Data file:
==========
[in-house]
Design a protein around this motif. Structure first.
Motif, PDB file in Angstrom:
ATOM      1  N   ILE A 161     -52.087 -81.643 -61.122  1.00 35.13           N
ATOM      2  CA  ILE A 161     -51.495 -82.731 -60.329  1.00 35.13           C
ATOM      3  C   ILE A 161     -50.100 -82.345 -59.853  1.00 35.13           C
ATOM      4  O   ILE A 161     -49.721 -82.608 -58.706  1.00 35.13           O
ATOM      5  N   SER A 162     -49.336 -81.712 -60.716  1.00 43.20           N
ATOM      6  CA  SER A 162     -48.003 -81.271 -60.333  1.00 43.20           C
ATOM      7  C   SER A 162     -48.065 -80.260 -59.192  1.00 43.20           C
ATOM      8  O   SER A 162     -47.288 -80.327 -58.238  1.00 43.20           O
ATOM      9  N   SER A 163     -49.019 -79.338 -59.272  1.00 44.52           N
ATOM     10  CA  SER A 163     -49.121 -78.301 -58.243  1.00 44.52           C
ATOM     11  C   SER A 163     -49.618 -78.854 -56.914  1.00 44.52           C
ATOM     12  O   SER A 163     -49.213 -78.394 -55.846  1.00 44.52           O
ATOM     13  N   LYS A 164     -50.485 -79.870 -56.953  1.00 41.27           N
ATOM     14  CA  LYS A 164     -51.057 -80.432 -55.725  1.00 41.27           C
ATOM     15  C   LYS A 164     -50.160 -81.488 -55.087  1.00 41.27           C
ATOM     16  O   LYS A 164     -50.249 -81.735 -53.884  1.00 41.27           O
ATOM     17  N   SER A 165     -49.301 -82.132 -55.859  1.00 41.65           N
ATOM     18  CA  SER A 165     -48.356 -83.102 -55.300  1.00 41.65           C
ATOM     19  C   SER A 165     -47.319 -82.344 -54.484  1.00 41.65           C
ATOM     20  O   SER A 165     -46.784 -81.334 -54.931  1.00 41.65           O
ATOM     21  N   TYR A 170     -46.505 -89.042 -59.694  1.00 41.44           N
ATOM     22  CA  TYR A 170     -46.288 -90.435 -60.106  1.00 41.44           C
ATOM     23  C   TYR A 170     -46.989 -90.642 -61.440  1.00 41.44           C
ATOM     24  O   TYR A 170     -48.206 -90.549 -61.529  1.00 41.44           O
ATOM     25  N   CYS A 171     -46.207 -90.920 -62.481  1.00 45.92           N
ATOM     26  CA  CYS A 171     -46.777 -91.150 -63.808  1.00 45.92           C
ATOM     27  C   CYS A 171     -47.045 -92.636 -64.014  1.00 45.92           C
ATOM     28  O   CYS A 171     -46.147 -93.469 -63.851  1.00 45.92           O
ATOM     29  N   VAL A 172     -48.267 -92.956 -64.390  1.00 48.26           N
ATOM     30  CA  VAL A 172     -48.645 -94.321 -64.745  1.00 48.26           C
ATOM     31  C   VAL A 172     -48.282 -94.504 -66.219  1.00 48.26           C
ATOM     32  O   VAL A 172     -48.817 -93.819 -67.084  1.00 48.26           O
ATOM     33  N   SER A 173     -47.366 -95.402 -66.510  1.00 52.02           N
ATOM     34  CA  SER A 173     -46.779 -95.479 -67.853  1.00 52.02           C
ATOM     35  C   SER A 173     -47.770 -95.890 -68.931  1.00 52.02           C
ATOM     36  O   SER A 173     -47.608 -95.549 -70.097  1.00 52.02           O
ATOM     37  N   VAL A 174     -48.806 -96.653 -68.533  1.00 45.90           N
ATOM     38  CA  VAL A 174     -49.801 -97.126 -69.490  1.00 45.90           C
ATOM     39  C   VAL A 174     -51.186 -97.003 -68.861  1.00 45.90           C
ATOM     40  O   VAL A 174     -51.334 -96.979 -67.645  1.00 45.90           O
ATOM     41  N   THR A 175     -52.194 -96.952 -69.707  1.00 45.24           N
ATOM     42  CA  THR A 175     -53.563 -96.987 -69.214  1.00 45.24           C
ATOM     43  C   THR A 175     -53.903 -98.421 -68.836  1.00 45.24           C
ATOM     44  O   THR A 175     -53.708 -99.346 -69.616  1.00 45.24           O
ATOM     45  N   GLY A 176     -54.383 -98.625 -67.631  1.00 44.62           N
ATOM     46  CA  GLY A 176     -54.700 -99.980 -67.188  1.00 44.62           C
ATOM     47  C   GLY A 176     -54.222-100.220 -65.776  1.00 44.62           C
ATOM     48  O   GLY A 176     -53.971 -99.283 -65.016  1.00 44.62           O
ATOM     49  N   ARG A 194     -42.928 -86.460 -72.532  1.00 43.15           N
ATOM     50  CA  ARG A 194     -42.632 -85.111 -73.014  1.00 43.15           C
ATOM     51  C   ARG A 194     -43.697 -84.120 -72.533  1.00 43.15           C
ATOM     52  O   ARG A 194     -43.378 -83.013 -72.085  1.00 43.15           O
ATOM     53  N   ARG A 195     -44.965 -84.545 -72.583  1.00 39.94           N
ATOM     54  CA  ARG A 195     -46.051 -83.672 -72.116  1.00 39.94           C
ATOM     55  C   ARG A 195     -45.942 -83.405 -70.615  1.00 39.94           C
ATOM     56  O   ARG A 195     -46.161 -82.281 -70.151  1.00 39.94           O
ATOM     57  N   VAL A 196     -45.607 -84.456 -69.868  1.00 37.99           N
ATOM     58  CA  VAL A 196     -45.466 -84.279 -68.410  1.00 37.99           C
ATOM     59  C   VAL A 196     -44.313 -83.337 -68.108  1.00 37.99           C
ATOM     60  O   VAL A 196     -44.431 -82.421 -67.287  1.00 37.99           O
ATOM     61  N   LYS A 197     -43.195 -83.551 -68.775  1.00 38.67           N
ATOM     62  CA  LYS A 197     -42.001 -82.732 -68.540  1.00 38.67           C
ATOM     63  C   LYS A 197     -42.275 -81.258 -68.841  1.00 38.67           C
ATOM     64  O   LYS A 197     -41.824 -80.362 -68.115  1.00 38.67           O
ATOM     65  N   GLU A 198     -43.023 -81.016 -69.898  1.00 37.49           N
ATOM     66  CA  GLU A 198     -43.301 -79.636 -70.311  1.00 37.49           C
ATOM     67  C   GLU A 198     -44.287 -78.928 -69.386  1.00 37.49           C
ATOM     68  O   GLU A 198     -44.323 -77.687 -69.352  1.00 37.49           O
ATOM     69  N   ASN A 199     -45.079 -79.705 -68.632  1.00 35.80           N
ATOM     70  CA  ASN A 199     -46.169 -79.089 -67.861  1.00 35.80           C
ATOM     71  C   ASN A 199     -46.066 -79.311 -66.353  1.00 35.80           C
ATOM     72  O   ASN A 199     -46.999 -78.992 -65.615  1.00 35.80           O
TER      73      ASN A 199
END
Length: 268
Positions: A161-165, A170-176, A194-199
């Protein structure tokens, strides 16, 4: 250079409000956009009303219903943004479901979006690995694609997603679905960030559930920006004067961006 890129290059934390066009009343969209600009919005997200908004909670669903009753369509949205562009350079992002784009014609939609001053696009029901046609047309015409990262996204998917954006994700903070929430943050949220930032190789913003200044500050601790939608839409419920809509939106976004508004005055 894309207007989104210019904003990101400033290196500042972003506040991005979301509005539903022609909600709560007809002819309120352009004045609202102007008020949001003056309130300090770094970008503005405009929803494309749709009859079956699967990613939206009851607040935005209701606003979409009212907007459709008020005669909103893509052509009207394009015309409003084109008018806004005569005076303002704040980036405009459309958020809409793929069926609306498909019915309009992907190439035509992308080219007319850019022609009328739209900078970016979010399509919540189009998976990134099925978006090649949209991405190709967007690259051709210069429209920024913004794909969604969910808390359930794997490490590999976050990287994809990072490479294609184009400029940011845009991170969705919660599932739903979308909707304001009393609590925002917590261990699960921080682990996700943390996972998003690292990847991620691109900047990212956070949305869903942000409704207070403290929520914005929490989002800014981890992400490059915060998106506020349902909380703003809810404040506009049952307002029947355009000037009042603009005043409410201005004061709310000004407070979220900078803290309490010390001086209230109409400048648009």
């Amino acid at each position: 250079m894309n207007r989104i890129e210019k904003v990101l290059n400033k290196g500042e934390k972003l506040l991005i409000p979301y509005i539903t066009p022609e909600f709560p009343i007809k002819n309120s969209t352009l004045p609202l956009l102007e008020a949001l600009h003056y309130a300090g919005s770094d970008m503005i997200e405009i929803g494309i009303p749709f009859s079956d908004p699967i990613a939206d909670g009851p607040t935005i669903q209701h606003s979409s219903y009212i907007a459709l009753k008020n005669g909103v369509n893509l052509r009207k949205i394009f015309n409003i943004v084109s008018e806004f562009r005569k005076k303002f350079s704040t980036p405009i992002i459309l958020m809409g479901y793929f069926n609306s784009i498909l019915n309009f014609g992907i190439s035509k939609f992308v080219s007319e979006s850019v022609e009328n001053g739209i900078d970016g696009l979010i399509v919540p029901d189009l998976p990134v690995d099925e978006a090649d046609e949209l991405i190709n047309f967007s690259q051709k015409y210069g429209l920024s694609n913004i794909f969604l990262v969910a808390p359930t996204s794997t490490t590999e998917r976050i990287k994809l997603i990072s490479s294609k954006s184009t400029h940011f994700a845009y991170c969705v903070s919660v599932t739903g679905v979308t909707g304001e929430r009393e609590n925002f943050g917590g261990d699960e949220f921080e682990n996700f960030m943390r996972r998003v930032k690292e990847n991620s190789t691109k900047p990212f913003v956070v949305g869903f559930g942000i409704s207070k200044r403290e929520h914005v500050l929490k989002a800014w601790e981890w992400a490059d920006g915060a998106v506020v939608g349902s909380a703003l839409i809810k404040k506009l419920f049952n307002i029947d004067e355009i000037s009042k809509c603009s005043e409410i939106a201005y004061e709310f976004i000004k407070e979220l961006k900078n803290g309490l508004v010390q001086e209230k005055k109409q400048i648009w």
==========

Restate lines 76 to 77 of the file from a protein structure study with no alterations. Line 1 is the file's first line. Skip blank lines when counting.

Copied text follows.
TER      73      ASN A 199
END